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From the Orchard series , Vol. 1

Enjoy a scoop of ice cream instead.

A slight mystery casts a shadow over New Amity.

Sarah and Lizzie are 11-year-old BFFs in a small New Hampshire town where Lizzie’s family owns an orchard. This summer, to their great delight, they get to run the ice cream stand. If they net $5,000, they will have enough money for their dream: a Halloween zombie hayride. Things start to go awry for Sarah when twins Peter and Olive show up and join the formerly two-person team. Sarah frets constantly that Lizzie will no longer be her friend; sharing is an unwelcome thought. Then a crisis occurs when the ice cream earnings disappear from the safe. Atwood characterizes her cast with descriptive but underdeveloped diversity. Sarah’s grandparents are from Iran, and she has “beige-brown skin.” Lizzie has “pale skin.” The twins have “huge brown eyes, medium-dark-brown skin, and curly hair,” and their two dads are Mr. and Mr. Wu. The whole town is something of a multicultural Platonic ideal. Hakeem observes Ramadan, and Aaron wears an apron that reads “KISS ME, I’M JEWISH.” Sveta and Dani Alvarez are a local power couple. None of the children use cellphones or computers. Readers may very well ponder why a town that holds Sunday morning Community Spirit meetings is so gung-ho to finance a Halloween activity and not a worthy cause. Digitized line drawings introduce each chapter in this first of a series for each season.

Enjoy a scoop of ice cream instead. (Fiction. 8-11)

Pub Date: May 2, 2017

ISBN: 978-1-4814-9047-4

Page Count: 224

Publisher: Aladdin

Review Posted Online: March 5, 2017

Kirkus Reviews Issue: March 15, 2017

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However the compelling fitness of theme and event and the apt but unexpected imagery (the opening sentences compare the...

At a time when death has become an acceptable, even voguish subject in children's fiction, Natalie Babbitt comes through with a stylistic gem about living forever. 

Protected Winnie, the ten-year-old heroine, is not immortal, but when she comes upon young Jesse Tuck drinking from a secret spring in her parents' woods, she finds herself involved with a family who, having innocently drunk the same water some 87 years earlier, haven't aged a moment since. Though the mood is delicate, there is no lack of action, with the Tucks (previously suspected of witchcraft) now pursued for kidnapping Winnie; Mae Tuck, the middle aged mother, striking and killing a stranger who is onto their secret and would sell the water; and Winnie taking Mae's place in prison so that the Tucks can get away before she is hanged from the neck until....? Though Babbitt makes the family a sad one, most of their reasons for discontent are circumstantial and there isn't a great deal of wisdom to be gleaned from their fate or Winnie's decision not to share it. 

However the compelling fitness of theme and event and the apt but unexpected imagery (the opening sentences compare the first week in August when this takes place to "the highest seat of a Ferris wheel when it pauses in its turning") help to justify the extravagant early assertion that had the secret about to be revealed been known at the time of the action, the very earth "would have trembled on its axis like a beetle on a pin." (Fantasy. 9-11)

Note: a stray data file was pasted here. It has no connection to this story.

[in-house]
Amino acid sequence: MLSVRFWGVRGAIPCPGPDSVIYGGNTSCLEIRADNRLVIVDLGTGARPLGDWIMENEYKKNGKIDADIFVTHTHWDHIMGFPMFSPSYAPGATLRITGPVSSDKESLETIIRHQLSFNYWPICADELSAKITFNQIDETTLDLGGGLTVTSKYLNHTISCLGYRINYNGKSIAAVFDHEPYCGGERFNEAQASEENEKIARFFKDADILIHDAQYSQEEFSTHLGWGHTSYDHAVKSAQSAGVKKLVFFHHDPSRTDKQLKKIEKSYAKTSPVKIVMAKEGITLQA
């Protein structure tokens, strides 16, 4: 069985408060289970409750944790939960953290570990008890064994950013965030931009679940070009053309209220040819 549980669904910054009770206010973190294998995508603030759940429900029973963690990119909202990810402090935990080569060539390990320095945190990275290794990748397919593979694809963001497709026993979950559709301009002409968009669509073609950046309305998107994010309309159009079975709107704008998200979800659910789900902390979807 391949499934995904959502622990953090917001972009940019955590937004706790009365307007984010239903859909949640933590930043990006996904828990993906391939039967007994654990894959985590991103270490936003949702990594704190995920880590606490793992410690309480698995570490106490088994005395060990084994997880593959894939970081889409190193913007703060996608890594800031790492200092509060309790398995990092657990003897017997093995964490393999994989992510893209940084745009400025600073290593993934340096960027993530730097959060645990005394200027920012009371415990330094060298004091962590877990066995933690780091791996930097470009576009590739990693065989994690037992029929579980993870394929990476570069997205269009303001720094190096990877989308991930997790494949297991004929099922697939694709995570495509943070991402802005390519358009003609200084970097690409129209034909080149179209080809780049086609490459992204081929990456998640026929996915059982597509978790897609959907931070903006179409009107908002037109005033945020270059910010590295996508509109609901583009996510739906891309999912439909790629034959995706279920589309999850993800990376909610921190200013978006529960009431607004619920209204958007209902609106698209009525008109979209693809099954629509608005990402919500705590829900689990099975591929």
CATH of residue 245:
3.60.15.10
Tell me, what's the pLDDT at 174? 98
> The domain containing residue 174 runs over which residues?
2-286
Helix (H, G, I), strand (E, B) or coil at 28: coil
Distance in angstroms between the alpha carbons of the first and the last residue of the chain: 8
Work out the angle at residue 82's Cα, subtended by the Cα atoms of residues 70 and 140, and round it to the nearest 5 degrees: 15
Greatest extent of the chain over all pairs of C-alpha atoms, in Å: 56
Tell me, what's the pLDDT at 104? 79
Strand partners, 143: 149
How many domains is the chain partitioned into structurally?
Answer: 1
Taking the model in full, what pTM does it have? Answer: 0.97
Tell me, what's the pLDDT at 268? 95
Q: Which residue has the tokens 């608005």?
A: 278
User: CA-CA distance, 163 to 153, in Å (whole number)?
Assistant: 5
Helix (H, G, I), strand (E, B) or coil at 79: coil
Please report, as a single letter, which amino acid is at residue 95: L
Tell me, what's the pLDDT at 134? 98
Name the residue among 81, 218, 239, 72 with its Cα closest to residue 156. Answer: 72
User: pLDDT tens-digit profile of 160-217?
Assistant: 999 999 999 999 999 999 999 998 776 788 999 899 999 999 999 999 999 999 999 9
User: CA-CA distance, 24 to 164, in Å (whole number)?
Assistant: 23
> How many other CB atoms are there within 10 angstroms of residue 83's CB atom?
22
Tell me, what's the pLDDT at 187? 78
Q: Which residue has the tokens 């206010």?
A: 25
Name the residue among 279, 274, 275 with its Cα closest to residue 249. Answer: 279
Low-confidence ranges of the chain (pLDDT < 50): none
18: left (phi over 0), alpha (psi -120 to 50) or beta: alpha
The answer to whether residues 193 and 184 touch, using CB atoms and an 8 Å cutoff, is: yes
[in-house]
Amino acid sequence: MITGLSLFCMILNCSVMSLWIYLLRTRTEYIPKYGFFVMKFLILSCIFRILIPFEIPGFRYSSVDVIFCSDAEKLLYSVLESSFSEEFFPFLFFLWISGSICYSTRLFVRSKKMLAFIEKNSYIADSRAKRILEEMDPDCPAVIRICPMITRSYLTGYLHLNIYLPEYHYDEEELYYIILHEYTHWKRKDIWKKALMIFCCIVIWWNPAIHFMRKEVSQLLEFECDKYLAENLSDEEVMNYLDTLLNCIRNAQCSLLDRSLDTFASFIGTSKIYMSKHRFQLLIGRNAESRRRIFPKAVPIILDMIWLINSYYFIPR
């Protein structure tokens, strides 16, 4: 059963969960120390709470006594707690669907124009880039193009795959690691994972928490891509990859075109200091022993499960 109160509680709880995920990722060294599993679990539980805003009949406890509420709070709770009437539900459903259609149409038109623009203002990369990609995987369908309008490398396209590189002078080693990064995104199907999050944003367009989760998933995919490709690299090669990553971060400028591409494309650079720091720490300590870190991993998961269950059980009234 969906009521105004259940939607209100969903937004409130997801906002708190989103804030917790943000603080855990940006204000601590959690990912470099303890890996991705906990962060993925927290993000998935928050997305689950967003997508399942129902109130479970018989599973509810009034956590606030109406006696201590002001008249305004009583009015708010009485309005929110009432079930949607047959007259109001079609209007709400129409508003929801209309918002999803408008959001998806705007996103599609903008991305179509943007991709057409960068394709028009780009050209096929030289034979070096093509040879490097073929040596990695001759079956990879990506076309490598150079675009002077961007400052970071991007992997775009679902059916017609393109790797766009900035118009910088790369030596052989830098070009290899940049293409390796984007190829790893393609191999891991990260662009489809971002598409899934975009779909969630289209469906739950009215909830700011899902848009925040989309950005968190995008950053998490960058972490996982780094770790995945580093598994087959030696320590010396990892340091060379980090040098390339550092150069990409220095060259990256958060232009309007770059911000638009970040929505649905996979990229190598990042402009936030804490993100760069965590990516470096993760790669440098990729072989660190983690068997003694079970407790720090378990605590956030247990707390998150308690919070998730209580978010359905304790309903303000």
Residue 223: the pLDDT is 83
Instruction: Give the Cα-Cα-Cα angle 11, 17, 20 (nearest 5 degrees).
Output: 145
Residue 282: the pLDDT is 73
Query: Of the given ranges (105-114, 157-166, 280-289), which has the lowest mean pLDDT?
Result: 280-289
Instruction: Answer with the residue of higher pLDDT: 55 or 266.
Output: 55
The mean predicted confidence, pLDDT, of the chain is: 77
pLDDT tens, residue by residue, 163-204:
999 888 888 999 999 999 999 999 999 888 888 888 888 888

Pub Date: Nov. 1, 1975

ISBN: 0312369816

Page Count: 164

Publisher: Farrar, Straus and Giroux

Review Posted Online: April 13, 2012

Kirkus Reviews Issue: Nov. 1, 1975

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Ironically, by choosing such a dramatic catalyst, the author weakens the adventure’s impact overall and leaves readers to...

A group of talking farm animals catches wind of the farm owner’s intention to burn the barn (with them in it) for insurance money and hatches a plan to flee.

Bond begins briskly—within the first 10 pages, barn cat Burdock has overheard Dewey Baxter’s nefarious plan, and by Page 17, all of the farm animals have been introduced and Burdock is sharing the terrifying news. Grady, Dewey’s (ever-so-slightly) more principled brother, refuses to go along, but instead of standing his ground, he simply disappears. This leaves the animals to fend for themselves. They do so by relying on their individual strengths and one another. Their talents and personalities match their species, bringing an element of realism to balance the fantasy elements. However, nothing can truly compensate for the bland horror of the premise. Not the growing sense of family among the animals, the serendipitous intervention of an unknown inhabitant of the barn, nor the convenient discovery of an alternate home. Meanwhile, Bond’s black-and-white drawings, justly compared to those of Garth Williams, amplify the sense of dissonance. Charming vignettes and single- and double-page illustrations create a pastoral world into which the threat of large-scale violence comes as a shock.

Ironically, by choosing such a dramatic catalyst, the author weakens the adventure’s impact overall and leaves readers to ponder the awkward coincidences that propel the plot. (Animal fantasy. 8-10)

Pub Date: July 7, 2015

ISBN: 978-0-544-33217-1

Page Count: 256

Publisher: HMH Books

Review Posted Online: March 31, 2015

Kirkus Reviews Issue: April 15, 2015

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